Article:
New Riff is a newcomer to the Kentucky whiskey scene, but has made quite a name for itself already. The bourbon and rye it distills are both bottled-in-bond, meaning they are at least four years old and bottled at 100 proof. The mash bill for the bourbon is high-rye (65% corn, 30% rye, 5% malted barley) while the rye is 100% rye (with 5% malted rye). The latest additions to the lineup are two whiskeys called Backsetter, a bourbon and a rye that use peated malt in their production. The whiskey is also bottled-in-bond and not chill filtered. New Riff co-founder Jay Erisman said that this project came about back in 2015 in a sort of understated fashion. “I wish I could say there was some grand, overarching strategy to make an absolutely unprecedented whiskey,” he said, “but really it was a matter of a creative, intrepid team of distillers at a young distillery determined to make a new riff on an old tradition. Backsetter is a collision of old and new; a cover tune, perhaps of a Scottish Hebridean reel filtered (or rather, unfiltered) through Kentucky bluegrass and a Marshall stack.”
The name Backsetter is really just a reference to the classic Kentucky sour mash process, where a portion of the stillage left over from distillation is added to the next batch, kind of like a sourdough starter. “We strain off a portion of the stillage, and ‘set it back’ to add into the next mash,” said Erisman. “This is called (in old time Kentucky distilling parlance), ‘backset.’ Some 25 percent of the liquid content of a mash consists of backset. What makes these Backsetter whiskeys so unique is the nature of that backset: it was from a peated malted barley distillation.”
And that peated malted barley is really what makes this bourbon and rye stand out. There are other distilleries that have made peated bourbon before (King’s County, for example), but New Riff’s method is different. For Erisman and the team, this was an experiment in how the sour mash process, or backset, really affects the whiskey. “The peated backset was derived from a distillation of 100 percent peated malted barley, imported from Scotland,” he said. He went on to explain the thought process in great detail: “The interesting thing to keep in mind is, there is nothing in the backset that could reasonably affect the resulting distillate. There is nothing fermentable in backset, nothing that can create more alcohol or more alcohol-derived flavors, because (if we do our jobs right) all the sugars that can ferment were turned into alcohol in the beer. And there’s nothing that can be distilled off, nothing volatile, because (again, if we do our jobs!) we removed virtually all the alcohol from the prior beer. So how, exactly, does the backset contribute flavor? Kentucky bourbon-style distillers have insisted for well over 100 years on the efficacy of the sour mash process, and Backsetter provides a dramatic rejoinder to this history.”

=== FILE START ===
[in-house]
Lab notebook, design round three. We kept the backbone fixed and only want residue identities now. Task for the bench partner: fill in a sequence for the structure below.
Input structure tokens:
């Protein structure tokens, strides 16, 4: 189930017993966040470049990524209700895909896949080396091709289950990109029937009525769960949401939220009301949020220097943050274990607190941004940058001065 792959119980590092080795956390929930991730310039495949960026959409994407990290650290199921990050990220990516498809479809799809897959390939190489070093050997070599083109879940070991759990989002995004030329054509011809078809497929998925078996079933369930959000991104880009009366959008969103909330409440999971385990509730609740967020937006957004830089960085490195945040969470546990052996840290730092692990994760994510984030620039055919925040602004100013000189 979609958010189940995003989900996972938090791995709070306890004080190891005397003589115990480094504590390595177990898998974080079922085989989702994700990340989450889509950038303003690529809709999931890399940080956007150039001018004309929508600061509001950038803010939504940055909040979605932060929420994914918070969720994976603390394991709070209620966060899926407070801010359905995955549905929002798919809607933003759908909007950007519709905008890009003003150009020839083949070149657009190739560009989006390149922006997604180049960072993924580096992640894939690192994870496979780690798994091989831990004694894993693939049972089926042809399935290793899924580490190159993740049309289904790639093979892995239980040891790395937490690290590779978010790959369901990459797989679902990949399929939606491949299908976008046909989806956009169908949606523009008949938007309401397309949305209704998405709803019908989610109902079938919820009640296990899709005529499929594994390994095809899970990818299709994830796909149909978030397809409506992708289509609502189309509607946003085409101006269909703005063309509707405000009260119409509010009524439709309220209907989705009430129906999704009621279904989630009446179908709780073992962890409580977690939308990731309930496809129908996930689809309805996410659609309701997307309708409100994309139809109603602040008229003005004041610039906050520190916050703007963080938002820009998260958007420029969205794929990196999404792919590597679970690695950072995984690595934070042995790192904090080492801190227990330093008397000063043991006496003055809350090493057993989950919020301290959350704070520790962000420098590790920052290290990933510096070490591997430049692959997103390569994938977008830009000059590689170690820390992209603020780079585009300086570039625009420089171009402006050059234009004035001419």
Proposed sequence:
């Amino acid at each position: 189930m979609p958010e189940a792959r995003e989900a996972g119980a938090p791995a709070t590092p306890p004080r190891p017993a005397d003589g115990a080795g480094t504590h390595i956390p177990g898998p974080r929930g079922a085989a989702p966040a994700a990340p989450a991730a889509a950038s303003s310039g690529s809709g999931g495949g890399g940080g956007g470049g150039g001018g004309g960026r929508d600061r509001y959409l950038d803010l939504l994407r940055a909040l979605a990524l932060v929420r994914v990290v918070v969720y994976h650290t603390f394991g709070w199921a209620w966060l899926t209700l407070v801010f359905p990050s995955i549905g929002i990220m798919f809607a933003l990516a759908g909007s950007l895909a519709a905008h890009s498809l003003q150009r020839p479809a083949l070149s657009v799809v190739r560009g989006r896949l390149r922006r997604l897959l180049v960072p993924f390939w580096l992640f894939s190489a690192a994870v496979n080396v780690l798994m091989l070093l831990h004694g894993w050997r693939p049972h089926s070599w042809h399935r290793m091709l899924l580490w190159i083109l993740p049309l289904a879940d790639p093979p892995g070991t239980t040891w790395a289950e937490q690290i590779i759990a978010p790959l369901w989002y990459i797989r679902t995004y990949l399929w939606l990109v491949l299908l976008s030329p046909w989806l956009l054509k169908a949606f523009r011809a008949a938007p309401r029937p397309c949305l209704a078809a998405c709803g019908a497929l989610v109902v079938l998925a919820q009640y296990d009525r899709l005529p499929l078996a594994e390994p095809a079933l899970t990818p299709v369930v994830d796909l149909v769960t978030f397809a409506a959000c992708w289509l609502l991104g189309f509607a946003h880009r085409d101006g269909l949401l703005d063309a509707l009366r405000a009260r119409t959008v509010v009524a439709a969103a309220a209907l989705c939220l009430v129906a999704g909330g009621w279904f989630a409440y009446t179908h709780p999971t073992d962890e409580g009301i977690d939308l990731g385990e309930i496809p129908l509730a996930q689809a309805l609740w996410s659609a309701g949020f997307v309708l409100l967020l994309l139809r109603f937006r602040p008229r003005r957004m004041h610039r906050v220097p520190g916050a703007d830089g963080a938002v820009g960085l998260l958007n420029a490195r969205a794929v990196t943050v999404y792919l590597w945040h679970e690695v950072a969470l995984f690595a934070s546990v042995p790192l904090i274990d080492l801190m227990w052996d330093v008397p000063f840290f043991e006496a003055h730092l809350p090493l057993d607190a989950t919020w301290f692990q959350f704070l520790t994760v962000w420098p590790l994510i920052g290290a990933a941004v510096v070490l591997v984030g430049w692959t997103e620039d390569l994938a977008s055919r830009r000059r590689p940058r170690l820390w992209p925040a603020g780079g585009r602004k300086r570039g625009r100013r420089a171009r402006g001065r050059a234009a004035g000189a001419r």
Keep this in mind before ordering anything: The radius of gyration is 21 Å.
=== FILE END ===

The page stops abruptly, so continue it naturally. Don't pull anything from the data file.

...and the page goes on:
Making Backsetter was also a chance for the team at the distillery to stretch their legs, let their creative whiskey juices flow, and try out something new. It is a limited release that might be hard for some to get, but that’s okay with Erisman as he realizes this whiskey won’t be for everyone. “Our team that comes up with these things are like songwriters — these ideas come bubbling up, and we just have to give them voice,” he said. “The point isn’t to make something that everyone will like, it’s to push a boundary, to make a new riff, and to make what we think is a really cool and delicious whiskey.”
Erisman said that the distillery has been running at full production capacity during the COVID-19 crisis, while taking the necessary health and safety precautions. “It hurts to have the hospitality sector all but shut down,” he said, “and it sure pains us to see our chef and bartender and restaurant friends suffering like this. They put their heart and souls into their careers, too and now they are underwater, probably for a long time to come. But we already had put a little more of our sales emphasis on the retail side of the equation.” On that note, New Riff is doing curbside and online orders, and it’s planning on offering to-go cocktails starting June 8 with limited weekend tours starting again on June 13.
Backsetter Bourbon and Rye are available for an SRP of $49.99 at select retailers, or through the New Riff Whiskey Club.
- Genever Isn’t Gin, but It Is Delicious
- The Best American Whiskey For Every Kind of Father (Who Likes Whiskey)
- The World’s Northernmost Whisky, Bivrost, is Now Available
- In Defense of What People Call Bad Whiskey
- 10 Best Bourbons for Making Mint Juleps